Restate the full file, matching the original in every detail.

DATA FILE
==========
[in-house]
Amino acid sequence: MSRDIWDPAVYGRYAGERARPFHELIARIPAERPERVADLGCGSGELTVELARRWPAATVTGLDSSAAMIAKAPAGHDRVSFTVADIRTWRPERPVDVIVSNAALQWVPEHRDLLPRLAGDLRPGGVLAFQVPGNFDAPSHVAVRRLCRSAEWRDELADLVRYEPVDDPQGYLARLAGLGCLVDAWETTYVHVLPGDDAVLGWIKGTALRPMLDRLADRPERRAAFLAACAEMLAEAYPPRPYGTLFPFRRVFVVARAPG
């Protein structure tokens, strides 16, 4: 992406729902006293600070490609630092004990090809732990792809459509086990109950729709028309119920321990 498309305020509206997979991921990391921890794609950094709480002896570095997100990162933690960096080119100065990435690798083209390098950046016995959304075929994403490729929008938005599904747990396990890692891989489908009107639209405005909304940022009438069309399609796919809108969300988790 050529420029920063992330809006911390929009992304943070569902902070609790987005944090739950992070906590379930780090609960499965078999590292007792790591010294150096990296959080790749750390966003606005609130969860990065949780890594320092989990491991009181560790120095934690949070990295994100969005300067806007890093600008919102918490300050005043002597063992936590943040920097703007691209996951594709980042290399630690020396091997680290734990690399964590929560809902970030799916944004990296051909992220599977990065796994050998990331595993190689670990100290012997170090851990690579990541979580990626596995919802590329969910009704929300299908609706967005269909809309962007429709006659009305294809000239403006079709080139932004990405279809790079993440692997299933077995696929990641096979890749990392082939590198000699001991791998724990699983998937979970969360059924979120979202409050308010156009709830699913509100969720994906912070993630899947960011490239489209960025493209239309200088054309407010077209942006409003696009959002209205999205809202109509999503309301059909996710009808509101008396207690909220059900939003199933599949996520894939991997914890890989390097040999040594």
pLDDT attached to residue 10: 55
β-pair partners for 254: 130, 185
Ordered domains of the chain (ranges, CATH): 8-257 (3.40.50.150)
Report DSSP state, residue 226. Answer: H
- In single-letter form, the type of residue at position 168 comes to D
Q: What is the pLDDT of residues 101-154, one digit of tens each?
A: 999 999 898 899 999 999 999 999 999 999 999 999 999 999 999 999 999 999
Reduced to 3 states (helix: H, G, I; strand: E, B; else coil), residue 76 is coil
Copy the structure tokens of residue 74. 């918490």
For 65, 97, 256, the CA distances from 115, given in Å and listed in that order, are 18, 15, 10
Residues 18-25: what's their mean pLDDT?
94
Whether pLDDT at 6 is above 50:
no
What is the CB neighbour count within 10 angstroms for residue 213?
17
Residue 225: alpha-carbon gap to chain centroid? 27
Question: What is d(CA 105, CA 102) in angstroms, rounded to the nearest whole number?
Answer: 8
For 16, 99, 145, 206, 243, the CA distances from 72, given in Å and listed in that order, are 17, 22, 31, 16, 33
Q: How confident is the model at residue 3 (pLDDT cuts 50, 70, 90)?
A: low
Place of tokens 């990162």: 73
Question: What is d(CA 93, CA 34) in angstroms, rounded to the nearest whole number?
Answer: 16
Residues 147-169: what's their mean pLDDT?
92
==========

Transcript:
[in-house]
Amino acid sequence: MSRDIWDPAVYGRYAGERARPFHELIARIPAERPERVADLGCGSGELTVELARRWPAATVTGLDSSAAMIAKAPAGHDRVSFTVADIRTWRPERPVDVIVSNAALQWVPEHRDLLPRLAGDLRPGGVLAFQVPGNFDAPSHVAVRRLCRSAEWRDELADLVRYEPVDDPQGYLARLAGLGCLVDAWETTYVHVLPGDDAVLGWIKGTALRPMLDRLADRPERRAAFLAACAEMLAEAYPPRPYGTLFPFRRVFVVARAPG
């Protein structure tokens, strides 16, 4: 992406729902006293600070490609630092004990090809732990792809459509086990109950729709028309119920321990 498309305020509206997979991921990391921890794609950094709480002896570095997100990162933690960096080119100065990435690798083209390098950046016995959304075929994403490729929008938005599904747990396990890692891989489908009107639209405005909304940022009438069309399609796919809108969300988790 050529420029920063992330809006911390929009992304943070569902902070609790987005944090739950992070906590379930780090609960499965078999590292007792790591010294150096990296959080790749750390966003606005609130969860990065949780890594320092989990491991009181560790120095934690949070990295994100969005300067806007890093600008919102918490300050005043002597063992936590943040920097703007691209996951594709980042290399630690020396091997680290734990690399964590929560809902970030799916944004990296051909992220599977990065796994050998990331595993190689670990100290012997170090851990690579990541979580990626596995919802590329969910009704929300299908609706967005269909809309962007429709006659009305294809000239403006079709080139932004990405279809790079993440692997299933077995696929990641096979890749990392082939590198000699001991791998724990699983998937979970969360059924979120979202409050308010156009709830699913509100969720994906912070993630899947960011490239489209960025493209239309200088054309407010077209942006409003696009959002209205999205809202109509999503309301059909996710009808509101008396207690909220059900939003199933599949996520894939991997914890890989390097040999040594």
pLDDT attached to residue 10: 55
β-pair partners for 254: 130, 185
Ordered domains of the chain (ranges, CATH): 8-257 (3.40.50.150)
Report DSSP state, residue 226. Answer: H
- In single-letter form, the type of residue at position 168 comes to D
Q: What is the pLDDT of residues 101-154, one digit of tens each?
A: 999 999 898 899 999 999 999 999 999 999 999 999 999 999 999 999 999 999
Reduced to 3 states (helix: H, G, I; strand: E, B; else coil), residue 76 is coil
Copy the structure tokens of residue 74. 């918490």
For 65, 97, 256, the CA distances from 115, given in Å and listed in that order, are 18, 15, 10
Residues 18-25: what's their mean pLDDT?
94
Whether pLDDT at 6 is above 50:
no
What is the CB neighbour count within 10 angstroms for residue 213?
17
Residue 225: alpha-carbon gap to chain centroid? 27
Question: What is d(CA 105, CA 102) in angstroms, rounded to the nearest whole number?
Answer: 8
For 16, 99, 145, 206, 243, the CA distances from 72, given in Å and listed in that order, are 17, 22, 31, 16, 33
Q: How confident is the model at residue 3 (pLDDT cuts 50, 70, 90)?
A: low
Place of tokens 């990162």: 73
Question: What is d(CA 93, CA 34) in angstroms, rounded to the nearest whole number?
Answer: 16
Residues 147-169: what's their mean pLDDT?
92